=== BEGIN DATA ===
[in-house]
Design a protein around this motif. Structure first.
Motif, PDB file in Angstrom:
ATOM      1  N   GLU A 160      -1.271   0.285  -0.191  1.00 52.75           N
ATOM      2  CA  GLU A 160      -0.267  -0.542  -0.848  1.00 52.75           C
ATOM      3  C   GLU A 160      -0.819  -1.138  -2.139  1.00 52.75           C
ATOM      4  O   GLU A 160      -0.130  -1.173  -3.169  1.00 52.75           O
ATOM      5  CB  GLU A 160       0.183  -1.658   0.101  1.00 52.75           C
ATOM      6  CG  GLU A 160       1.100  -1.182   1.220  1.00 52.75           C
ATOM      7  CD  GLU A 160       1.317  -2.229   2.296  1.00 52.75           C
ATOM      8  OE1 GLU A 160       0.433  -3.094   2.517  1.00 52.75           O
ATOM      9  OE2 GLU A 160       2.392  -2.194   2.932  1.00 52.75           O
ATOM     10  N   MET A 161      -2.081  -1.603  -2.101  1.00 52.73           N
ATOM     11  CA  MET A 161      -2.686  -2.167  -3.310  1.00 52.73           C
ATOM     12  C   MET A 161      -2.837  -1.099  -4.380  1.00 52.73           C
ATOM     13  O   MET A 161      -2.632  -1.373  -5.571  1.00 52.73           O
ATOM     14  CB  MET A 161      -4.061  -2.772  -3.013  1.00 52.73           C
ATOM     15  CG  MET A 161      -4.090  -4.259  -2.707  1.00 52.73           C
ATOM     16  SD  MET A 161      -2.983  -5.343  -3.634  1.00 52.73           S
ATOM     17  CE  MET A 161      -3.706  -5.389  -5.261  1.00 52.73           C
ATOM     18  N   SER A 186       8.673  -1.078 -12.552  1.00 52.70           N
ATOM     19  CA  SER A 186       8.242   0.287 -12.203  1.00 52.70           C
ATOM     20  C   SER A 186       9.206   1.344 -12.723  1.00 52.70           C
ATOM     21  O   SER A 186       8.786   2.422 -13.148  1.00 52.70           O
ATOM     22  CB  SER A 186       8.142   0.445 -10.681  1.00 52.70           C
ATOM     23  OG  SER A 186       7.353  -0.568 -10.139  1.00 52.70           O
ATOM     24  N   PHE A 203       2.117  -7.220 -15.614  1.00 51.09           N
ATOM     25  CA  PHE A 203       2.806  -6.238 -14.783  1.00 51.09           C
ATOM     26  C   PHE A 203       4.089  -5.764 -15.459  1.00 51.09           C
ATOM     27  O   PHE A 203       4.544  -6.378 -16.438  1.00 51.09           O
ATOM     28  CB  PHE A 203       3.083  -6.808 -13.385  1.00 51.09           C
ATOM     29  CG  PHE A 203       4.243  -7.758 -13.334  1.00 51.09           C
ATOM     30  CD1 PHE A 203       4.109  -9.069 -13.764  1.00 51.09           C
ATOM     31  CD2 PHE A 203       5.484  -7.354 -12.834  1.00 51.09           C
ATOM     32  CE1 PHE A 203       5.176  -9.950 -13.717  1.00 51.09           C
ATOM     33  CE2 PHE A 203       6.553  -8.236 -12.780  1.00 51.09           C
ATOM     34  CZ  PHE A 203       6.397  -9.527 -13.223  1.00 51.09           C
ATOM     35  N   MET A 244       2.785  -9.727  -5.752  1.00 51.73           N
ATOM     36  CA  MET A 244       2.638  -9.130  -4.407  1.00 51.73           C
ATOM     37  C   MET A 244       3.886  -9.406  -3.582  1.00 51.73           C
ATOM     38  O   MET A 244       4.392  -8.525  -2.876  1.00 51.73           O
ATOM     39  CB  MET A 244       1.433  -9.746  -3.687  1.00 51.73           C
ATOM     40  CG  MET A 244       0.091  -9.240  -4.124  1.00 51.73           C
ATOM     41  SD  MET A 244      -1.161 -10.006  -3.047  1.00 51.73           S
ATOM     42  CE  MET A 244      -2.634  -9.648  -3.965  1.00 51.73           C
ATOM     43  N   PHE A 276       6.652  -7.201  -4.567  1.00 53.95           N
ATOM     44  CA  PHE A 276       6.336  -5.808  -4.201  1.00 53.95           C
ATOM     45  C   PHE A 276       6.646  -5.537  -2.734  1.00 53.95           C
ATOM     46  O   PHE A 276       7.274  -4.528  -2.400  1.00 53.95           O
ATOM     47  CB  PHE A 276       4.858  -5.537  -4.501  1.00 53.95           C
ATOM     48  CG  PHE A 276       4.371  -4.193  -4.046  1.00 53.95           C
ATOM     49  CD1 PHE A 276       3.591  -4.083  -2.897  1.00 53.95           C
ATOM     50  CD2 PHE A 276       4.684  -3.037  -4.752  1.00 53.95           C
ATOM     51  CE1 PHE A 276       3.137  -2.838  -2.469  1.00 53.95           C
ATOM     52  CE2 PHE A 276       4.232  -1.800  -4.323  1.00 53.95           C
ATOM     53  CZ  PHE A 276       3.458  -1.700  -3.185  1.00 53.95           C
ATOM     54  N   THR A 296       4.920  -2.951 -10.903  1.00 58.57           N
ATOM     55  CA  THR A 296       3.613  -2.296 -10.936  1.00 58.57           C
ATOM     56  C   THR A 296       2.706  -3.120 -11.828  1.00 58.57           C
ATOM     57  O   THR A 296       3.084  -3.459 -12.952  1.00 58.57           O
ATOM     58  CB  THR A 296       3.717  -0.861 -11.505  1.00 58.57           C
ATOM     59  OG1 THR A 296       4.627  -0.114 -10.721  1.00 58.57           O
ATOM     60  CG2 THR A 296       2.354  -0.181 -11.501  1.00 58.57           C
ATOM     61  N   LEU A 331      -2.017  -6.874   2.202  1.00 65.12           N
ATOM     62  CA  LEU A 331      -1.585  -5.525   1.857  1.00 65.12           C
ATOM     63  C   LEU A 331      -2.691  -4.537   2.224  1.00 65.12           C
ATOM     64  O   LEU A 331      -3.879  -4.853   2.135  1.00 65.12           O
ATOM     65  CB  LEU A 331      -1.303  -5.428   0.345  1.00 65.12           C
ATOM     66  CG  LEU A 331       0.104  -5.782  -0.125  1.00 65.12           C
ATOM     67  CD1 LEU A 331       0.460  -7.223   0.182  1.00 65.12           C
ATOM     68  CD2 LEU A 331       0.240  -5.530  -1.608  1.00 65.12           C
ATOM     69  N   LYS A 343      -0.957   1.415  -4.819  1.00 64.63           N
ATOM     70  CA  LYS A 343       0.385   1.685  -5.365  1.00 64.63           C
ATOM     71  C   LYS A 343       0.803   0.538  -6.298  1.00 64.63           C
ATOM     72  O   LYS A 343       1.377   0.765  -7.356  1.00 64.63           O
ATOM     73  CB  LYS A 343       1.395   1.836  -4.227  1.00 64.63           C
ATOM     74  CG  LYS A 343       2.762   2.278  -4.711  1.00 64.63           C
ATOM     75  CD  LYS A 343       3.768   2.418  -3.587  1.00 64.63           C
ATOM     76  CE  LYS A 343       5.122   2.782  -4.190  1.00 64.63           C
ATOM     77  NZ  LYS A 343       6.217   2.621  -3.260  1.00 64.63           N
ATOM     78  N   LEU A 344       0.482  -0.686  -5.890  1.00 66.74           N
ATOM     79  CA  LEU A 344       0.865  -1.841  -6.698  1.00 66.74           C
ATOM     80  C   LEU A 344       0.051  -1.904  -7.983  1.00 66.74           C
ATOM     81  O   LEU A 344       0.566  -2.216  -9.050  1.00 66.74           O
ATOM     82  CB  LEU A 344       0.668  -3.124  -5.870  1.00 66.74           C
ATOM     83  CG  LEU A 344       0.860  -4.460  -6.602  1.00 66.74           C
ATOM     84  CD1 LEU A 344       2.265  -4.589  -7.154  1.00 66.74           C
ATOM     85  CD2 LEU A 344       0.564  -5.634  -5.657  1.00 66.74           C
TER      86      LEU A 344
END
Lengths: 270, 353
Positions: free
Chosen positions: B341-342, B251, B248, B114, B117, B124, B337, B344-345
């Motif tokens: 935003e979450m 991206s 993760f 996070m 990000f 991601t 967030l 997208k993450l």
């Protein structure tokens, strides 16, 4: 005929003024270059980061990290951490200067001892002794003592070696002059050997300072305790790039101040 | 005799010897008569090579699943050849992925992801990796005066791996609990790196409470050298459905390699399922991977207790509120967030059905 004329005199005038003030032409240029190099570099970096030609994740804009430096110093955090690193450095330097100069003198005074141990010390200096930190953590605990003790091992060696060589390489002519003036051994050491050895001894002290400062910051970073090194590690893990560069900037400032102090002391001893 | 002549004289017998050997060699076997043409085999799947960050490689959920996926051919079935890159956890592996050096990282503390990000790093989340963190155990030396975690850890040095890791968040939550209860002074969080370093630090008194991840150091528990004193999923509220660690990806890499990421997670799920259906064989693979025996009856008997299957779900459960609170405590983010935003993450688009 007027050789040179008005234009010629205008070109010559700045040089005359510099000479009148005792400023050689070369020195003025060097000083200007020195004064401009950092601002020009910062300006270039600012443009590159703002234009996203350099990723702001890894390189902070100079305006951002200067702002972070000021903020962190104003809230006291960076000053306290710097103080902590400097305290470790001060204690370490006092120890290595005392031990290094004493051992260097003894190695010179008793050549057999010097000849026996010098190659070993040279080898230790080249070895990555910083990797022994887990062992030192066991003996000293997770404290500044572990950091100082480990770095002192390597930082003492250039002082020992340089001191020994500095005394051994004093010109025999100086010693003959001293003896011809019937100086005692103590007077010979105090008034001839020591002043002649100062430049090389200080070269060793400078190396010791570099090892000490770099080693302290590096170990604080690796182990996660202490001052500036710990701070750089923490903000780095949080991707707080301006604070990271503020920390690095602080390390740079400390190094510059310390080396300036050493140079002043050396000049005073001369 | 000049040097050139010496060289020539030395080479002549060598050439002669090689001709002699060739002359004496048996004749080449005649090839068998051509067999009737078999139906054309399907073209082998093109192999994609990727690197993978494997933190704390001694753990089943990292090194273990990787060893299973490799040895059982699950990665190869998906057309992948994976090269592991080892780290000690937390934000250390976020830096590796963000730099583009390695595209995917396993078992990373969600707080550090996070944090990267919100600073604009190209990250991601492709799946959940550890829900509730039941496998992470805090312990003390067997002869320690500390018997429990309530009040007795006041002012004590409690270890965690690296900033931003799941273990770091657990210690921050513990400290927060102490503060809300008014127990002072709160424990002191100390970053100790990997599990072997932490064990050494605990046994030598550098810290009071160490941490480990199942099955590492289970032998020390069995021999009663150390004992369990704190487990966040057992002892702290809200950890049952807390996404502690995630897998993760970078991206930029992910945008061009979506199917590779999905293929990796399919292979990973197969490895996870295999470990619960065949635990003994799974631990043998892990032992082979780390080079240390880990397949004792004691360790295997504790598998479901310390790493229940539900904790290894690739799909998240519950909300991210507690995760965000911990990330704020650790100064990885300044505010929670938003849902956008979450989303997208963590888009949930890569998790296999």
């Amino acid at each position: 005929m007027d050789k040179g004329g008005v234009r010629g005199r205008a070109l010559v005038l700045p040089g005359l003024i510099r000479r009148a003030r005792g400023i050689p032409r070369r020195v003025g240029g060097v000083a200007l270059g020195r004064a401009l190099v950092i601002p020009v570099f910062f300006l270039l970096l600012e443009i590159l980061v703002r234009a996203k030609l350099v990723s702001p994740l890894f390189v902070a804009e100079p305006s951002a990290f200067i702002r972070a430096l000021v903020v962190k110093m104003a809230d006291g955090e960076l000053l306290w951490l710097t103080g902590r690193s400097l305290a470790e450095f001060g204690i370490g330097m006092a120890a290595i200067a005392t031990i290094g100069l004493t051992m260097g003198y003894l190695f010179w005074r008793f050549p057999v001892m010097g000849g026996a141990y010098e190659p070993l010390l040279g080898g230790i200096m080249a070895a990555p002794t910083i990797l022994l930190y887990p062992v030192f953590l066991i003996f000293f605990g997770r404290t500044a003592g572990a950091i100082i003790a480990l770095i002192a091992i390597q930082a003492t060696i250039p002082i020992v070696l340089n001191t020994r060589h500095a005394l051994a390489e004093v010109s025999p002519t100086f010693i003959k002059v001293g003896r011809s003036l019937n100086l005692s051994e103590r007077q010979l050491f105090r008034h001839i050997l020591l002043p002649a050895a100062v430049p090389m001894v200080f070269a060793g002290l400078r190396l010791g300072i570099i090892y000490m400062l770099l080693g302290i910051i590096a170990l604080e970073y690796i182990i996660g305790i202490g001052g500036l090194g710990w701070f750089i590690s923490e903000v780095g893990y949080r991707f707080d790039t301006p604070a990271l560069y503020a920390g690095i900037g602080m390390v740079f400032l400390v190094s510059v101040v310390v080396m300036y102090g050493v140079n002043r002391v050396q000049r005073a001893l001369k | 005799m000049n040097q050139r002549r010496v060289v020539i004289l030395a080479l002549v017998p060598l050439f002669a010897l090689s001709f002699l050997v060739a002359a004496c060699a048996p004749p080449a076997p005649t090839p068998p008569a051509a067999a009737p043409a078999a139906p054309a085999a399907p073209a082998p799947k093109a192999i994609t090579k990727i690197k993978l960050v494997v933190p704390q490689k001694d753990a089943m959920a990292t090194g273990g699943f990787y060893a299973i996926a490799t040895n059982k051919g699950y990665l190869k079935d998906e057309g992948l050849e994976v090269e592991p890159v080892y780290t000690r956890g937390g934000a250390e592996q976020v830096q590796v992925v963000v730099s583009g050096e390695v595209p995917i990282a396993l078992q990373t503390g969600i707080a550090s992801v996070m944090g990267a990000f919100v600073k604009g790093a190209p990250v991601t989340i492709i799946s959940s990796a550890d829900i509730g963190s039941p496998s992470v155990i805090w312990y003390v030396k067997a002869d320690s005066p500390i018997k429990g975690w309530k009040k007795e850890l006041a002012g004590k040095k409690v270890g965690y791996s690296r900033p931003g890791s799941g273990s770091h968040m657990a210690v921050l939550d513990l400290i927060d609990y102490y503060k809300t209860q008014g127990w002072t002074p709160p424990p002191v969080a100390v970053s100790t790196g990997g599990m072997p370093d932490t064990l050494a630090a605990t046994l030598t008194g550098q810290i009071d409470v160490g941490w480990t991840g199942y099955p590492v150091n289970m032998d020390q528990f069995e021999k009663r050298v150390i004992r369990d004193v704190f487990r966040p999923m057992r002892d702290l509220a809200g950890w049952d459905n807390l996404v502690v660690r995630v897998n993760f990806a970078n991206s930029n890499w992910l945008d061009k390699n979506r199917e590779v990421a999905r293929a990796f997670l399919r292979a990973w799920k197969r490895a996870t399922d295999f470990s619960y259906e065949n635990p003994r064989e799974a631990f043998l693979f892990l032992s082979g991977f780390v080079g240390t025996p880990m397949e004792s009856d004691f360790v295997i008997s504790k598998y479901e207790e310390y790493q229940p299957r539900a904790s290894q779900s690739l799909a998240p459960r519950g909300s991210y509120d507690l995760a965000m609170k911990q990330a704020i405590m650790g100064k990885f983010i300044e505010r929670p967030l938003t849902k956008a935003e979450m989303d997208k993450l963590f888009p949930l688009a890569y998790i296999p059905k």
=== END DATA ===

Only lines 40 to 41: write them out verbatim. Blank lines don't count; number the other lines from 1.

ATOM     37  C   MET A 244       3.886  -9.406  -3.582  1.00 51.73           C
ATOM     38  O   MET A 244       4.392  -8.525  -2.876  1.00 51.73           O